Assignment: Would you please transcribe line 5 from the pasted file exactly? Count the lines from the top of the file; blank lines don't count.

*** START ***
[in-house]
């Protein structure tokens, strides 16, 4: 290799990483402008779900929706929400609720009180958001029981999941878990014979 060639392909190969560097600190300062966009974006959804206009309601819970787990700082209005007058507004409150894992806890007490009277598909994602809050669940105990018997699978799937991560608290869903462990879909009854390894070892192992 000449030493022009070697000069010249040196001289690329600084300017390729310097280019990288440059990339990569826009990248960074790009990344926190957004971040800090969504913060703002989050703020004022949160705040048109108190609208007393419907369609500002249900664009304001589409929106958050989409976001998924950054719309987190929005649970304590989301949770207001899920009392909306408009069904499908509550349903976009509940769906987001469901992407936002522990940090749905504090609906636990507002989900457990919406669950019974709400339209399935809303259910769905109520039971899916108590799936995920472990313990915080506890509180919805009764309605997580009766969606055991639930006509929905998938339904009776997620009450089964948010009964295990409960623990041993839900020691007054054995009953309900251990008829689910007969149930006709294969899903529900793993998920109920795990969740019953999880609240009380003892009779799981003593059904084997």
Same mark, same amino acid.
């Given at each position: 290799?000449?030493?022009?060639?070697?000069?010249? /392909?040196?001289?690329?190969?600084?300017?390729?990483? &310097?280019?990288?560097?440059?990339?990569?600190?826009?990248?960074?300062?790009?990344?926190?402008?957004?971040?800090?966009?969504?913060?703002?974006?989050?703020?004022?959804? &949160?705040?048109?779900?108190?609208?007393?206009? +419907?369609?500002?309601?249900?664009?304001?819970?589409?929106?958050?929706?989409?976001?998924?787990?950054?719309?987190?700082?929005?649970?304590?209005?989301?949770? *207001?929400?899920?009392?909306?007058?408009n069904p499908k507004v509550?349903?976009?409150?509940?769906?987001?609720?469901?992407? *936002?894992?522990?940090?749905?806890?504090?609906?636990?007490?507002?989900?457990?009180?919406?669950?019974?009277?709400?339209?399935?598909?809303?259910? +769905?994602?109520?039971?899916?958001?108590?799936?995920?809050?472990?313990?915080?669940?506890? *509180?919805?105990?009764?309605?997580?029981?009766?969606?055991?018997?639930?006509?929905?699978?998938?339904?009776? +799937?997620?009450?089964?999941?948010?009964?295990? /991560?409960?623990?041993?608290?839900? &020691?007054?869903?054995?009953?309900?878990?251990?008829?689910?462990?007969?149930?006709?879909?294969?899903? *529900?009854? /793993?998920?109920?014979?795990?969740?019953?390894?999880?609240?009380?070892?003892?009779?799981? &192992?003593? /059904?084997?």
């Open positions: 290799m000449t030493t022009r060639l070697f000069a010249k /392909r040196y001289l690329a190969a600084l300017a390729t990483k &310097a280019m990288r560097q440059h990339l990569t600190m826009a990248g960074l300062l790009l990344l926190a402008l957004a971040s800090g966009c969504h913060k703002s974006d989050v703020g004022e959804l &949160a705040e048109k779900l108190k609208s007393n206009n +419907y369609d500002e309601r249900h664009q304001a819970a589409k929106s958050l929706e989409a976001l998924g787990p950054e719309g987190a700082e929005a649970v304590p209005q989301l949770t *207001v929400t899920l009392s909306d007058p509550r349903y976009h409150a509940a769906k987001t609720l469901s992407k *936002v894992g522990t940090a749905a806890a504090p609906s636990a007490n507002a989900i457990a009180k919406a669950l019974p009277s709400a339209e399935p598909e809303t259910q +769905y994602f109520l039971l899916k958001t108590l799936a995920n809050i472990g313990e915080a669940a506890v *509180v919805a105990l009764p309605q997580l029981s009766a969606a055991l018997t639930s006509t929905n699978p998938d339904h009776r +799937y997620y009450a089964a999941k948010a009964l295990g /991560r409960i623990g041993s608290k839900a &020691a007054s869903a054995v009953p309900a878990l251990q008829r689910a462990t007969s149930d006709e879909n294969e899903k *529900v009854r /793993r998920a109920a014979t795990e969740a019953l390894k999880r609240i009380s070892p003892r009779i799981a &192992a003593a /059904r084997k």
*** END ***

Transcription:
């Open positions: 290799m000449t030493t022009r060639l070697f000069a010249k /392909r040196y001289l690329a190969a600084l300017a390729t990483k &310097a280019m990288r560097q440059h990339l990569t600190m826009a990248g960074l300062l790009l990344l926190a402008l957004a971040s800090g966009c969504h913060k703002s974006d989050v703020g004022e959804l &949160a705040e048109k779900l108190k609208s007393n206009n +419907y369609d500002e309601r249900h664009q304001a819970a589409k929106s958050l929706e989409a976001l998924g787990p950054e719309g987190a700082e929005a649970v304590p209005q989301l949770t *207001v929400t899920l009392s909306d007058p509550r349903y976009h409150a509940a769906k987001t609720l469901s992407k *936002v894992g522990t940090a749905a806890a504090p609906s636990a007490n507002a989900i457990a009180k919406a669950l019974p009277s709400a339209e399935p598909e809303t259910q +769905y994602f109520l039971l899916k958001t108590l799936a995920n809050i472990g313990e915080a669940a506890v *509180v919805a105990l009764p309605q997580l029981s009766a969606a055991l018997t639930s006509t929905n699978p998938d339904h009776r +799937y997620y009450a089964a999941k948010a009964l295990g /991560r409960i623990g041993s608290k839900a &020691a007054s869903a054995v009953p309900a878990l251990q008829r689910a462990t007969s149930d006709e879909n294969e899903k *529900v009854r /793993r998920a109920a014979t795990e969740a019953l390894k999880r609240i009380s070892p003892r009779i799981a &192992a003593a /059904r084997k």